Steven Matthews

University of Pennsylvania

  Sunday, July 9, 11:10

Smooth Monotone Contribution Games    [pdf]


A monotone game is a multistage game in which no player can lower her action in any period below its previous level. A motivation for the monotone games of this paper is dynamic voluntary contribution to a public project. Each player's utility is a strictly concave function of the public good, and quasilinear in the private good. The main result is a description of the limit points of (subgame perfect) equilibrium paths as the period length shrinks. The limiting set of such profiles is equal to the undercore of the underlying static game -- the set of profiles that cannot be blocked by a coalition using a smaller profile. A corollary is that the limiting set of achievable profiles does not depend on whether the players can move simultaneously or only in a round-robin fashion. The familiar core is the efficient subset of the undercore; hence, some but not all profiles that are efficient and individually rational can be nearly achieved when the period length is small. As the period length shrinks, any core profile can be achieved in a "twinkling of the eye" -- neither real-time gradualism nor inefficiency are necessary.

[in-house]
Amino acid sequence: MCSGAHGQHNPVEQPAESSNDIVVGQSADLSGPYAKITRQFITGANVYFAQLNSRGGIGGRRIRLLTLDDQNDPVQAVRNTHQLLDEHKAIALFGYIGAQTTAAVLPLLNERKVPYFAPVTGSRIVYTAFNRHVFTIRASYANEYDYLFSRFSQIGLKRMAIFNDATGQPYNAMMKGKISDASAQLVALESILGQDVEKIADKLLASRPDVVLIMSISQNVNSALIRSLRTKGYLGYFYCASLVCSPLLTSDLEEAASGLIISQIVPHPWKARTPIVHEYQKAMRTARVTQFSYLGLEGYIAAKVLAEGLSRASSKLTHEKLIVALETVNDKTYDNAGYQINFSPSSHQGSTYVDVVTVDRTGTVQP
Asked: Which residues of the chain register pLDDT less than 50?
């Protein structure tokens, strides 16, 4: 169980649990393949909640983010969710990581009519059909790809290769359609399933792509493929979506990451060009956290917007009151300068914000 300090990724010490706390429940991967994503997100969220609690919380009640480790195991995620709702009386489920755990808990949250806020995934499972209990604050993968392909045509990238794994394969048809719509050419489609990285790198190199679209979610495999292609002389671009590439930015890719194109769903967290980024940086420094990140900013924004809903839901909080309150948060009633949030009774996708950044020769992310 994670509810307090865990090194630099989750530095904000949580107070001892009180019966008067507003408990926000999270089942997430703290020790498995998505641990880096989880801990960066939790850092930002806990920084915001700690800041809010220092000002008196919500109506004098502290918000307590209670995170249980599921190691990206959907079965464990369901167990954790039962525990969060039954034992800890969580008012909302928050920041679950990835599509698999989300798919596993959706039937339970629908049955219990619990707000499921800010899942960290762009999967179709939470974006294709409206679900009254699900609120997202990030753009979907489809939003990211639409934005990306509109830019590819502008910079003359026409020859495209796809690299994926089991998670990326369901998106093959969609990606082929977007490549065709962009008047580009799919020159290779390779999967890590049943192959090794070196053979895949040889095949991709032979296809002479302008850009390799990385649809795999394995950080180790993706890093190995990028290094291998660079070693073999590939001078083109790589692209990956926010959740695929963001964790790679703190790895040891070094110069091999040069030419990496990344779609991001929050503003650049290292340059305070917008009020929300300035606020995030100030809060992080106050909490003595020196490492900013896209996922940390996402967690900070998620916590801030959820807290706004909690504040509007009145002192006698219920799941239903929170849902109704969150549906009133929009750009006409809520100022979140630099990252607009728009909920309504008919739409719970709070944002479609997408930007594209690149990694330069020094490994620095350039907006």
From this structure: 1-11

Gareth Donald Myles

University of Exeter

  Saturday, July 8, 11:00

Announcements or Contribution? The Relative Efficiency of Manipulated Lindahl Mechanisms    [pdf]

(joint work with Nigar Hashimzade)


The private provision mechanism is individually incentive compatible but inefficient. The Lindahl mechanism is efficient but not incentive compatible. We contrast the outcome of the manipulated Lindahl mechanism to the private provision equilibrium. When the demand announcements of participants are unrestricted the Lindahl mechanism suffers from multiple equilibria. If the government removes the multiplicity by restricting the functional form of announcements the resulting Lindahl equilibrium can be made approximately efficient. Approximate efficiency is achieved by announcements that are one-dimensional regardless of the number of participants in the mechanism. This is in contrast to mechanisms that achieve exact efficiency but require announcements whose dimensionality increases at the same rate as the number of participants. The mechanism we describe benefits from simplicity at the cost of approximate efficiency.

Nicola Persico

University of Pennsylvania

  Sunday, July 9, 8:30

Public Goods, Redistribution, and Constitutional Design

(joint work with A. Lizzeri)


The talk is an overview of part of my research agenda in political economy and covers a number of papers, two of which can be downloaded from my webpage. The two papers are: "The Drawbacks of Electoral Competition," and "Why did the Elites Extend the Franchise?"

Licun Xue

McGill University

  Saturday, July 8, 2:30

Negotiation and Efficiency